DR Brenda Long, a recent recipient of a SPRINT award, wants to change how we travel. More specifically, her work will change the type of vehicle we sit ourselves into.
I meet Brenda in an office in UCC to discuss her latest achievement. Outside the modern, generously windowed room, trees sway over a lazily flowing river. It seems apt. Our conversation is all about the preservation of nature, and how the smallest things can make the biggest difference.
Dr Long’s research goes beyond currently available electric vehicles (EV) that run on batteries. The carbon footprint for the fabrication of batteries for EV largely negates their environmental benefits. Her technology will allow vehicles to run on fuel cells -hydrogen to be specific.
“The smallest atom in the world,” Dr Benda Long explains, “could end up having the biggest impact.”
Our conversation also centres around the role of women in creating such change, a subject about which she is extremely passionate.
Brenda starts our conversation by shining the spotlight on the head of the SPRINT programme, Myriam Cronin.
“Myriam is phenomenally talented. She has great magnetism and charisma and brings people together. She makes you feel comfortable.
“It’s poignant that all four people receiving the SPRINT awards are women. This is an externally judged competition in STEM. The government is always pushing women in STEM so it is wonderful that the driving force behind us all is a woman. She is just brilliant at her job and deserves to be celebrated.”
The job of the SPRINT accelerator programme is to mentor and support people with innovative research and business ideas. SPRINT facilitates the commercialisation of academic research. It aims to create entrepreneurs at the top of their game in various fields.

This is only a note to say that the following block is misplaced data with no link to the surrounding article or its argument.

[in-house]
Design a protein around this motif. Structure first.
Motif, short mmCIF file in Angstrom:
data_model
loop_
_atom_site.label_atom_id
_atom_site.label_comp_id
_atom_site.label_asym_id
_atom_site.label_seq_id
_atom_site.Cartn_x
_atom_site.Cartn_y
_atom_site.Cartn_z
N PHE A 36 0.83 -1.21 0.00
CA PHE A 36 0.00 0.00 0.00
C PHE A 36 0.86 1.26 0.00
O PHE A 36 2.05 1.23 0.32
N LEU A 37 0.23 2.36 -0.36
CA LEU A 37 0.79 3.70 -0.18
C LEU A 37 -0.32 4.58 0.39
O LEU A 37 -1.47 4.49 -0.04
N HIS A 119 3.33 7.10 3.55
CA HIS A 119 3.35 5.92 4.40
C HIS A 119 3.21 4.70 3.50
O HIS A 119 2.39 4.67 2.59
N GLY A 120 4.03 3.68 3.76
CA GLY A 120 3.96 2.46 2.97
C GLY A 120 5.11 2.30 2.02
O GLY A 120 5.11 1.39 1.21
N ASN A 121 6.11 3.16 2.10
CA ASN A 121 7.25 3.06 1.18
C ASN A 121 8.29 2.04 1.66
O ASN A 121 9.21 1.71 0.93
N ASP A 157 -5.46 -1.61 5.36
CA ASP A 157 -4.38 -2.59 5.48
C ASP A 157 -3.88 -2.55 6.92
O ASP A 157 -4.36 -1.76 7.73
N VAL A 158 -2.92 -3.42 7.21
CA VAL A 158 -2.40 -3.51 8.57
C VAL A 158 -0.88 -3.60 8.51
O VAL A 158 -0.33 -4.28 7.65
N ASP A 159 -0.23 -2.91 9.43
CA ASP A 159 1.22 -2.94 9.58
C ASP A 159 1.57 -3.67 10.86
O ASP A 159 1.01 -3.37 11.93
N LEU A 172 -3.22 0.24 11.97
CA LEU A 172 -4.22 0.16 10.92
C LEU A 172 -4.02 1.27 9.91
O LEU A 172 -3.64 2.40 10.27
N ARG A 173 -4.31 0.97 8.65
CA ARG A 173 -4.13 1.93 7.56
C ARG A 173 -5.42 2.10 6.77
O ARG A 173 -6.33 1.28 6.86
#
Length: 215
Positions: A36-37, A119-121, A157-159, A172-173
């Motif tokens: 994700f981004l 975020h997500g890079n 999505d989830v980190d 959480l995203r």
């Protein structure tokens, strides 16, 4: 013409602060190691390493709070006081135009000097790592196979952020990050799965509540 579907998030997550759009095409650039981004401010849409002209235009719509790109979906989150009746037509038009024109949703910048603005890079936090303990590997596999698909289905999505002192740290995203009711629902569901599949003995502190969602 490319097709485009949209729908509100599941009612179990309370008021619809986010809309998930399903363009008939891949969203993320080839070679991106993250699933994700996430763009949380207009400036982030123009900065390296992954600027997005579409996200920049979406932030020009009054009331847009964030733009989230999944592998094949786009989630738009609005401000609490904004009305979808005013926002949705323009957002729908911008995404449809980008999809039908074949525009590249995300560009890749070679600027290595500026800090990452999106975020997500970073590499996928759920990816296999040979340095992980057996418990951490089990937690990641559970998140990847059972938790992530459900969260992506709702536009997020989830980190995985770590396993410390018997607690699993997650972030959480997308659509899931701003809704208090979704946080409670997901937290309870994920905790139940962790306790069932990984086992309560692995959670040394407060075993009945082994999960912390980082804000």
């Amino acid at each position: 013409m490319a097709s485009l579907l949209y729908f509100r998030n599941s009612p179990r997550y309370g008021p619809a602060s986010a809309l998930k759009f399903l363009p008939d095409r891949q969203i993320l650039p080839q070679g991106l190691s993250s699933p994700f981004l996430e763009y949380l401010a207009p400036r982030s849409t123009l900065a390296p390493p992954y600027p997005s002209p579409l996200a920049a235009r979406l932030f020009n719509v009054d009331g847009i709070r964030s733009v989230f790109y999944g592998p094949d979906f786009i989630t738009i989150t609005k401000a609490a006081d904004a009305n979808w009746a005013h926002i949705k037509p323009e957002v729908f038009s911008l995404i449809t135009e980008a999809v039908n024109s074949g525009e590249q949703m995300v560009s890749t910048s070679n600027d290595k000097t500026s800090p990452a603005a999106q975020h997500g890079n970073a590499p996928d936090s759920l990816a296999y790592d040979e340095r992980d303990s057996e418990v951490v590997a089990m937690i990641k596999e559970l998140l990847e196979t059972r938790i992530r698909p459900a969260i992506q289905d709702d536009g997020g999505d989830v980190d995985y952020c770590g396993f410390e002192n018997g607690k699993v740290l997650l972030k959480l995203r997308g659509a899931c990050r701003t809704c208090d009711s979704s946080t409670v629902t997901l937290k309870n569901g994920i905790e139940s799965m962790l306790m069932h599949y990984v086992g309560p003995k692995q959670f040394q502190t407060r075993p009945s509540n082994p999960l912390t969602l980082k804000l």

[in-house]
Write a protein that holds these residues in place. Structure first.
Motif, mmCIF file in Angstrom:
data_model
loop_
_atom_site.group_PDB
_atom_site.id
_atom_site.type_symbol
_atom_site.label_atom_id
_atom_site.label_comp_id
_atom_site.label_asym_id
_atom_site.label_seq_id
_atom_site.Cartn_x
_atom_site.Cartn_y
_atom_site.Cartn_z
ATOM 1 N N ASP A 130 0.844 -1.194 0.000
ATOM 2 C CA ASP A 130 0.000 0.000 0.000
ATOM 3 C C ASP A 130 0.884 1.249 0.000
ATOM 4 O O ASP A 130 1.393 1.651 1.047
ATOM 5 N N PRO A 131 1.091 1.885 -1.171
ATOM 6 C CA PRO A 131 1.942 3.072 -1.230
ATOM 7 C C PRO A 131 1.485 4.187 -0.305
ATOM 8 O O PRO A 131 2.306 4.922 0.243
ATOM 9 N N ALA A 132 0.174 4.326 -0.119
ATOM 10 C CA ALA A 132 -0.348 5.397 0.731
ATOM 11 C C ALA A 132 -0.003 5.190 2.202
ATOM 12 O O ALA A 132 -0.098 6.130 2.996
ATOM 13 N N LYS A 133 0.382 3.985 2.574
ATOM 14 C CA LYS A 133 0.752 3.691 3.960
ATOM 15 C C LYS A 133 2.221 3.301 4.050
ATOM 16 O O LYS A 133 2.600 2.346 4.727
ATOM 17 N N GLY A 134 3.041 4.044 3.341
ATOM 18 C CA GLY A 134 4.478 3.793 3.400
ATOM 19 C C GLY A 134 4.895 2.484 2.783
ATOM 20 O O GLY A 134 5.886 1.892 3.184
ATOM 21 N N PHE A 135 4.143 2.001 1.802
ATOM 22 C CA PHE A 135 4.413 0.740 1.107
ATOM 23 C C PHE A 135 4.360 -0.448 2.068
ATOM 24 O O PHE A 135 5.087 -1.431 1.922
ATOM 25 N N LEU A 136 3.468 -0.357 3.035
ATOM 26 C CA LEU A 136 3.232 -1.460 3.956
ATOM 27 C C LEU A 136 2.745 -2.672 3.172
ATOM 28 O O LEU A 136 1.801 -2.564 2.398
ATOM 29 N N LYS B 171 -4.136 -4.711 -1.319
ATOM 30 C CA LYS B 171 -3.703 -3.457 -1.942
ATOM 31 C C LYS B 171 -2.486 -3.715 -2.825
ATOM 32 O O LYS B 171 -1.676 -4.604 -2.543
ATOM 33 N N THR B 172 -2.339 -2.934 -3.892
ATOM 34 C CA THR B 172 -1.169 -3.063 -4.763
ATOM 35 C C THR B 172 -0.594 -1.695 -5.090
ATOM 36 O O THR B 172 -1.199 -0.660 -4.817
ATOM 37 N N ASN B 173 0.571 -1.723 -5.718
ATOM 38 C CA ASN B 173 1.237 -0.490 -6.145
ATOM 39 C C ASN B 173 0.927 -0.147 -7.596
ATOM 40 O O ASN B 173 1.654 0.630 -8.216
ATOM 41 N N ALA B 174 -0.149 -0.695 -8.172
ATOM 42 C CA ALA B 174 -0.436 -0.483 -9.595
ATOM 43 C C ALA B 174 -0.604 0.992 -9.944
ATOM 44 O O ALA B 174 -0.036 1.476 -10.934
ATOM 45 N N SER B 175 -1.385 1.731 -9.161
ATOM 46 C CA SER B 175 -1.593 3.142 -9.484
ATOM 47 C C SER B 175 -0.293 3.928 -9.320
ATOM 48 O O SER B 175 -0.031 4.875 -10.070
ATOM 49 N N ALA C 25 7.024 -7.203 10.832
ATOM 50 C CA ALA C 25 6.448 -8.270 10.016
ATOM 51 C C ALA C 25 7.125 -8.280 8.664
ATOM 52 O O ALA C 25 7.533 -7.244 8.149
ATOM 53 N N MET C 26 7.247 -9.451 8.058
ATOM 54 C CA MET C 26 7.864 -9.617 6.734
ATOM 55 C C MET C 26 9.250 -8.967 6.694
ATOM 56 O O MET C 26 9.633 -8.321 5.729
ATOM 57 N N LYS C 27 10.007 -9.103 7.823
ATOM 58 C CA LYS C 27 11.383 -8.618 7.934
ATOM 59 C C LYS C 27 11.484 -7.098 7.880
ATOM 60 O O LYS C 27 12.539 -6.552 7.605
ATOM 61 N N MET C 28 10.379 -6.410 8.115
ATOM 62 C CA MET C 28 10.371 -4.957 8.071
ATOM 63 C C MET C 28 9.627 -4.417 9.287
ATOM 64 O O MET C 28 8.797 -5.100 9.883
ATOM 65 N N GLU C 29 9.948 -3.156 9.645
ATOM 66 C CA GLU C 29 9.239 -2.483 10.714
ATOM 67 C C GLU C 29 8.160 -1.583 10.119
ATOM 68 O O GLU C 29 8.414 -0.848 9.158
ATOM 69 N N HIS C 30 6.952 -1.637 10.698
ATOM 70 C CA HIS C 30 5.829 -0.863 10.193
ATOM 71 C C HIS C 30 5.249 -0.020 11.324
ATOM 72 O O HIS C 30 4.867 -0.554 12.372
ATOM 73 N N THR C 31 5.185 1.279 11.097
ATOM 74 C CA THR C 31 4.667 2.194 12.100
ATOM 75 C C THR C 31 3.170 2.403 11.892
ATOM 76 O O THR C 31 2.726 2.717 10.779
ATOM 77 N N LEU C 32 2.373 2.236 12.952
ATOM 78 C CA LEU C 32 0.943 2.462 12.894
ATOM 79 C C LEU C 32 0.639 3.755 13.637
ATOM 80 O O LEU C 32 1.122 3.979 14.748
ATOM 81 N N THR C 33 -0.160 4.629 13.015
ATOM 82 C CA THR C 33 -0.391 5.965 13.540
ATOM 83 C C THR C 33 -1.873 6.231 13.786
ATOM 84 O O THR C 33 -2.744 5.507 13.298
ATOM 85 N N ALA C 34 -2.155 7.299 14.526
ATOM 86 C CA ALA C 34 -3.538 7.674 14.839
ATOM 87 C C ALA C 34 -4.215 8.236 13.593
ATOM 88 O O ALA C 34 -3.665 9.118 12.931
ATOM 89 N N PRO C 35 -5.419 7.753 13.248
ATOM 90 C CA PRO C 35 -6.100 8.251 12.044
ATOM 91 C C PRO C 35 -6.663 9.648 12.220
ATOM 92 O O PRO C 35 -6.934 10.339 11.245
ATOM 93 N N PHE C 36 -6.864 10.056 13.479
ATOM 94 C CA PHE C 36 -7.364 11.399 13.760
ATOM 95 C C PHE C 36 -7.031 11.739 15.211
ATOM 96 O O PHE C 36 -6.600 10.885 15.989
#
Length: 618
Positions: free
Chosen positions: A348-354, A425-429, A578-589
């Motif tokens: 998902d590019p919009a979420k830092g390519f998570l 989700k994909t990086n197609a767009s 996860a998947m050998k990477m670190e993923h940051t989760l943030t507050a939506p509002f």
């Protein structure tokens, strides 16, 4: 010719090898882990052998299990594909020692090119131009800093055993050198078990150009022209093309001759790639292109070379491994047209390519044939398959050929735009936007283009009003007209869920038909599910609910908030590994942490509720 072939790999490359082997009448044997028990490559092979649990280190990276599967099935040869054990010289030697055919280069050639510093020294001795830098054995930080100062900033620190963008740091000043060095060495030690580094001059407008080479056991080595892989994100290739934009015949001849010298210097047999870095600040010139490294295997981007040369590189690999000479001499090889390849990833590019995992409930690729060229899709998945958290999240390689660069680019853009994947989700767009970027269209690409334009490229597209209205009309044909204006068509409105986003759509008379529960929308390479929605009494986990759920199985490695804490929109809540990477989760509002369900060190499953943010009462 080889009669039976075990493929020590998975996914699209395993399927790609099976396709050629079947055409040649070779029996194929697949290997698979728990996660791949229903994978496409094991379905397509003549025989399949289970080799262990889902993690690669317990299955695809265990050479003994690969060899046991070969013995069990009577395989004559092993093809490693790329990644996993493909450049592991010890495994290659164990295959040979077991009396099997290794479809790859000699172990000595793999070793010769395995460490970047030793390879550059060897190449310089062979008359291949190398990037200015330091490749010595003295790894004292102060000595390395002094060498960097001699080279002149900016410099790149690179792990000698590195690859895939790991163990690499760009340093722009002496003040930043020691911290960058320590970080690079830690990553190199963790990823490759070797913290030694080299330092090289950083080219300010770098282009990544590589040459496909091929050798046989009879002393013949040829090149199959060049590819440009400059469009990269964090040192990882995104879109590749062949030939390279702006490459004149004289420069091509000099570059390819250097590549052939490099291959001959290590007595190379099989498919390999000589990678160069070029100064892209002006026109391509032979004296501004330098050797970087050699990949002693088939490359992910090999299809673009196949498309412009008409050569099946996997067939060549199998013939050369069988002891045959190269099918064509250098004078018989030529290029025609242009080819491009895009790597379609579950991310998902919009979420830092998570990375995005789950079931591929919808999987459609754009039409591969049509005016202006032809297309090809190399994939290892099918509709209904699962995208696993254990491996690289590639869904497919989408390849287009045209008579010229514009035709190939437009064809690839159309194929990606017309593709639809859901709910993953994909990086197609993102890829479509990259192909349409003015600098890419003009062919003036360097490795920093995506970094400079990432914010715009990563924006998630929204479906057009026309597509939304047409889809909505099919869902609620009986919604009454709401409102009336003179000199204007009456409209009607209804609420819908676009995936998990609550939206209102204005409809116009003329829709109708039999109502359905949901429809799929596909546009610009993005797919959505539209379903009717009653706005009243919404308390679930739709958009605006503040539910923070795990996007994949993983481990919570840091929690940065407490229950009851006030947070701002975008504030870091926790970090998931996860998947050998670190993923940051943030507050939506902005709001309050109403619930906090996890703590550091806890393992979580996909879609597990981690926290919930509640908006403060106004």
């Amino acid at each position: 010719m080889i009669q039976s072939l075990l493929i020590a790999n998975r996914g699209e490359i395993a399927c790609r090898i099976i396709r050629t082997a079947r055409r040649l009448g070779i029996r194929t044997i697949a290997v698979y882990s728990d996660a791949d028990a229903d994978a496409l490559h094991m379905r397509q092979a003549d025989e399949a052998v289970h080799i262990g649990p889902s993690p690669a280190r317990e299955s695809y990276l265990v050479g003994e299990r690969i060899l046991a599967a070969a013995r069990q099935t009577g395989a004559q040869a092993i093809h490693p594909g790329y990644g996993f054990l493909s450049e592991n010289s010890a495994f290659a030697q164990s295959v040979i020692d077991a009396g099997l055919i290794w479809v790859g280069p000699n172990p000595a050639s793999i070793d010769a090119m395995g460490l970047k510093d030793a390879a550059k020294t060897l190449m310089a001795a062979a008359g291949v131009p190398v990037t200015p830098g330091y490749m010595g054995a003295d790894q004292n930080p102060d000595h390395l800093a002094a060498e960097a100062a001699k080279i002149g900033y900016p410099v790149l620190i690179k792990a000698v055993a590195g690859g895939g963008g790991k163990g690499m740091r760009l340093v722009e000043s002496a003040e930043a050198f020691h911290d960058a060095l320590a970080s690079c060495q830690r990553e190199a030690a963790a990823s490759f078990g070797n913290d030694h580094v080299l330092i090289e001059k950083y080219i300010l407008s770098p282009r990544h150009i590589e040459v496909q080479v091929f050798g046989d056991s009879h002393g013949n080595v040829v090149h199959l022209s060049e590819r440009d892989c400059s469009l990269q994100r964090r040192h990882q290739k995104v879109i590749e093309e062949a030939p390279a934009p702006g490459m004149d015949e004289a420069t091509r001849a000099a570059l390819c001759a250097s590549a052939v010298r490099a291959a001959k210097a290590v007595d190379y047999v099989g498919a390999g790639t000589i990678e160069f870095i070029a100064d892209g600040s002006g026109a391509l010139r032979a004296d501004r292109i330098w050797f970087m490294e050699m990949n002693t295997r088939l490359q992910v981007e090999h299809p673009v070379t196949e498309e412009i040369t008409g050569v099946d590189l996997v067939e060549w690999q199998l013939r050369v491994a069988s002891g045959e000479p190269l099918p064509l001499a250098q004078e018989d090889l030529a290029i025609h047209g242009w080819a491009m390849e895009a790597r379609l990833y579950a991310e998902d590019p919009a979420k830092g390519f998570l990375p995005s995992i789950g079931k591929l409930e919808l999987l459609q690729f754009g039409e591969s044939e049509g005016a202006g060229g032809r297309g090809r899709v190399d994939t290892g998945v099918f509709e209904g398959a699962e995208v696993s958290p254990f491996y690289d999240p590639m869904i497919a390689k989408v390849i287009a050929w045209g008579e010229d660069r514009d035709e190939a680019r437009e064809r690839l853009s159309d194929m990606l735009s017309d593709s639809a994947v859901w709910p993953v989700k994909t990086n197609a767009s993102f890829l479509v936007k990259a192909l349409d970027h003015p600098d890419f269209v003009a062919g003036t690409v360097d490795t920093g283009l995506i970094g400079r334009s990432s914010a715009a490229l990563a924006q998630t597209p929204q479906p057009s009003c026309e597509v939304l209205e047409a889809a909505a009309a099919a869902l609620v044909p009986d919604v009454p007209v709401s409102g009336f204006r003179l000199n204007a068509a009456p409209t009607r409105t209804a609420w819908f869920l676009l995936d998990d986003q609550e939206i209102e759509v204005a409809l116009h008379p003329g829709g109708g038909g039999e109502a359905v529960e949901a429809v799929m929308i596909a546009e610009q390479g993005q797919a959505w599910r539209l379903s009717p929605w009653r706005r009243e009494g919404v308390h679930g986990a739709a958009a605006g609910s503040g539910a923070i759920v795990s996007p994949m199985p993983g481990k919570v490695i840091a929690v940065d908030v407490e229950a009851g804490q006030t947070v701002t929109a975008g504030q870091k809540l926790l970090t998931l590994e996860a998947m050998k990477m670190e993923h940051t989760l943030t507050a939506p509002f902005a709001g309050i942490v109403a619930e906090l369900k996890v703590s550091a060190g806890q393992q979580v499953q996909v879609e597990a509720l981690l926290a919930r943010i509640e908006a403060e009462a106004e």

Dr Long’s success is particularly significant considering it’s still a highly gendered area.
The vast majority of women in STEM work in Food Science and Biological, Earth and Environmental Sciences. Chemistry, Engineering and Physics are still dominated by men.
Checking the UCC website, I discover that roles in the School of Chemistry are indeed predominantly filled by men, with only five women on the team of 24.
It’s interesting, then, that women researchers were awarded the top accolades in all categories at the annual SPRINT awards. Interesting, too, that in 2022-2023, 50% of participants are women founders, which represents the largest cohort of women founders in the programme to date.
And SPRINT is not to be under-estimated. Since the inception of GatewayUCC in 2011, supported companies have raised in excess of €50 million of public and private investment and supported over 75 start-up and pre-start-up companies based on IP from the university. These IP based companies have contributed more than €25 million a year in salaries to the local economy.
Brenda traces her journey in Chemistry back to her science teacher in secondary school.
“She was brilliant. I attended Scoil Carmel in Limerick. Her name was Claire Madigan. Sadly, she died young but in her time she inspired a great number of girls. She was incredibly passionate in how she taught. About one third of my class went on to do something in the field of science.”
Dr Long started off in general science and imagined she’d focus on biology. During her time at third level, she found herself gravitating towards chemistry and ended up majoring in it in her final two years.
She was similarly inspired by her Ph.D supervisor in UCD, Professor Donald Fitzmaurice. Like Mrs Madigan, he was passionate and had the largest number of students in his group. Dr Long was eventually accepted into his group in the area of nano technology and went on to complete a Ph.D along with three other male students.